Saint Nicholas

St. Nicholas Apolytikion

St. Nicholas Kontakion

Saints of the Church

The Most Holy Theotokos (in Greek, Θεοτοκος)

Definition of Theotokos:  Theotokos is a compound of two Greek words, Θεός "God" and τόκος "parturition, childbirth." Literally, this translates as "God-bearer" or "the one who gives birth to God."

The Orthodox do not worship Mary the Theotokos; we do not see her as a diety! However, we do honor her just as the Bible says, "All man shall call me blessed". She is the mother of our Lord, God and Saviour Jesus Christ. We also ask her to intercede for us, to pray to her Son and ask Him our prayers. For it was through her bidding that Jesus performed His first miracle at the wedding of Cana, where he turned the water into wine.

The Orthodox Church remembers the life of the Theotokos with several feast days. The Liturgical year begins and ends with the feast days of the Theotokos. wonder working Icons of the Theotokos also have their own feast days.

1. The Nativity of the Theotokos is celebrated on September 8.
2. The Presentation of the Theotokos into the Temple is celebrated on November 21.
3. The Annunciation to the Theotokos is celebrated on March 25.
4. The Dormition of the Theotokos (Falling Asleep) of the Theotokos is celebrated on August 15.

Of these, the Annunciation and the Dormition are the most festal.


Holiness or sainthood is a gift (charisma) given by God to man, through the Holy Spirit. Man’s effort to become a participant in the life of divine holiness is indispensable, but sanctification itself is the work of the Holy Trinity, especially through the sanctifying power of Jesus Christ, who was incarnate, suffered crucifixion, and rose from the dead, in order to lead us to the life of holiness, through the communion with the Holy Spirit.

Categories of Saints

Through the work of the Holy Trinity all Christians could be called saints. In our society, however, who can be addressed as a saint? Who are those men and women and children who may be called saints by the Church today? Many Orthodox theologians classify the saints in six categories:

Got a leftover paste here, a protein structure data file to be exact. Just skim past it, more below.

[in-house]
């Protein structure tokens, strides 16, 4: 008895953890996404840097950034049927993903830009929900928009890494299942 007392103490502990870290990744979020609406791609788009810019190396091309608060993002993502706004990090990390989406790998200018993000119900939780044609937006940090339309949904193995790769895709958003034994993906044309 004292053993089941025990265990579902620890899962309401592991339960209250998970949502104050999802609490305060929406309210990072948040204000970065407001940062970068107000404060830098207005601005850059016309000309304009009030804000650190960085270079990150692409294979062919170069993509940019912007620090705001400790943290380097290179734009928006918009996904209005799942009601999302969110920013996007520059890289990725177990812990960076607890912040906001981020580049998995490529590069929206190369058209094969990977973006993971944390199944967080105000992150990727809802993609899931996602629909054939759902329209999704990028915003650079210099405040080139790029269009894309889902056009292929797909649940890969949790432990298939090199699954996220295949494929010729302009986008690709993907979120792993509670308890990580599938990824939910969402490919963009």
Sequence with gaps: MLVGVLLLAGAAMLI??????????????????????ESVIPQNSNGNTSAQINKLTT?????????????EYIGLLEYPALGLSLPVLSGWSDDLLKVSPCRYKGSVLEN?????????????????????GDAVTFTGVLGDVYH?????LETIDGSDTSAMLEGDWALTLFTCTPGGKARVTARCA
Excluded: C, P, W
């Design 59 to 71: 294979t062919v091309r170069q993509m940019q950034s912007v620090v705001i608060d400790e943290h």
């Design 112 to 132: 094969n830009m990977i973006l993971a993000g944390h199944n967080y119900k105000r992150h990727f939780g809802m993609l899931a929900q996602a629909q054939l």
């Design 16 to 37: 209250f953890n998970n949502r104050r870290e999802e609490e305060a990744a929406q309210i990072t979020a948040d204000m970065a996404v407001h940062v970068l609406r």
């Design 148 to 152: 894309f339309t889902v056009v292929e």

1. The Apostles, who were the first ones to spread the message of the Incarnation of the Word of God and of salvation through Christ.

  2. The Prophets, because they predicted and prophesied the coming of the Messiah.

  3. The Martyrs, for sacrificing their lives and fearlessly confessing Jesus Christ as the Son of God and the Savior of mankind.

  4. The Fathers and Hierarchs of the Church, who excelled in explaining and in defending, by word and deed, the Christian faith.

  5. The Monastics, who lived in the desert and dedicated themselves to spiritual exercise (askesis), reaching, as far as possible, perfection in Christ.

  6. The Just, those who lived in the world, leading exemplary lives as clergy or laity with their families, becoming examples for imitation in society.

Each and every one among all these saints has his or her own calling and characteristics: they all fought the “good fight for the faith” (1 Tim. 6: 12 and 2 Tim. 4: 7). All of them applied in their lives the scriptural virtues of “justice, piety, fidelity, love, fortitude, and gentleness” (1 Tim. 6: 11).

(Source: The Saints of the Orthodox Church, George Bebis, PhD)

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